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62 Federal Communications Law Journal 119 (2010)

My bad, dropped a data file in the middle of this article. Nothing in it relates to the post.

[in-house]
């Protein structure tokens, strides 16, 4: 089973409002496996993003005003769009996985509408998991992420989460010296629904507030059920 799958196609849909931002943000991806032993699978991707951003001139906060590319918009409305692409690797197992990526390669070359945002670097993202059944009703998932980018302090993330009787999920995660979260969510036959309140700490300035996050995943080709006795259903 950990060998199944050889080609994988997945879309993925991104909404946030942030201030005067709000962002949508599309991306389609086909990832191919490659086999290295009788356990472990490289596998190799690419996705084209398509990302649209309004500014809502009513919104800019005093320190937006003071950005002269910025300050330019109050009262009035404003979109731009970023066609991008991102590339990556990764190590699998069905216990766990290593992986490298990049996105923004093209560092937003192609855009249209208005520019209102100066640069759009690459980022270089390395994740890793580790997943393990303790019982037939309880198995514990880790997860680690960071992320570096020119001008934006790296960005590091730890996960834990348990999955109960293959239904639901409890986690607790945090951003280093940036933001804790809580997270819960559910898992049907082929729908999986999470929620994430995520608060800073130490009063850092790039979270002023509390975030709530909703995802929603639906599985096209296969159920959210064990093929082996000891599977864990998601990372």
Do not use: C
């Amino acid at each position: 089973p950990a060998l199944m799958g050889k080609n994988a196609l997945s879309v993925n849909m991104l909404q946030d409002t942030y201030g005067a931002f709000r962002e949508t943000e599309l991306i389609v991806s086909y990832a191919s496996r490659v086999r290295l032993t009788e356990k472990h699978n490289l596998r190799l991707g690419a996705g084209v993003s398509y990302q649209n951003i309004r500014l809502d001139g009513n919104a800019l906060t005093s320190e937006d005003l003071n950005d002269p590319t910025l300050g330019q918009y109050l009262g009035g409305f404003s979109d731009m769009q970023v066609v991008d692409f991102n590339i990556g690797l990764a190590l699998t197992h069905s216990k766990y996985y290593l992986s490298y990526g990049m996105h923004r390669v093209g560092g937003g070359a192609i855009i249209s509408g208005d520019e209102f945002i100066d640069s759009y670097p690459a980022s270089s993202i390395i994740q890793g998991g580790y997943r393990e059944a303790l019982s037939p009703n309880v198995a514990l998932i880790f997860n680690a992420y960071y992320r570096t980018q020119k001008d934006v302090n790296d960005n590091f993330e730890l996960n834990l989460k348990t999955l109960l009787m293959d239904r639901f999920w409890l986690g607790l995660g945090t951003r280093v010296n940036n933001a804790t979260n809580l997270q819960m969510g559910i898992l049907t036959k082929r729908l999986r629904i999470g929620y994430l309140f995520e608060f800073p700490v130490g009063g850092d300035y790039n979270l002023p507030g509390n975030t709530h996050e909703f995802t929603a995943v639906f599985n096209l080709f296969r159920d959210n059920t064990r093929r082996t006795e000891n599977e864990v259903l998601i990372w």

The concept of universal service, providing affordable telecommunications to all citizens, has a long and changing history in the United States. Prior to the Telecommunications Act of 1996, efforts to achieve universal service were largely based on a complex web of implicit subsidies to basic landline local exchange residential service. The Act expanded and codified the concept of universal service and made the subsidies largely explicit. This Article evaluates the possible economic rationales for subsidizing voice communications and find them lacking. This Article argues that the weak rationale for subsidizing basic voice communications makes it critical that U.S. universal-service policy be competitively neutral with respect to firms and technologies in order to minimize distortions of market processes. However, past regulatory policies have favored wireline vis-A-vis mobile technologies. Moreover, four recent regulatory events threaten to perpetuate and exacerbate the asymmetric treatment of mobile technologies. The recent appointment of three new FCC commissioners may provide an opportunity for more economically rational and competitively neutral policy and funding mechanisms in the future.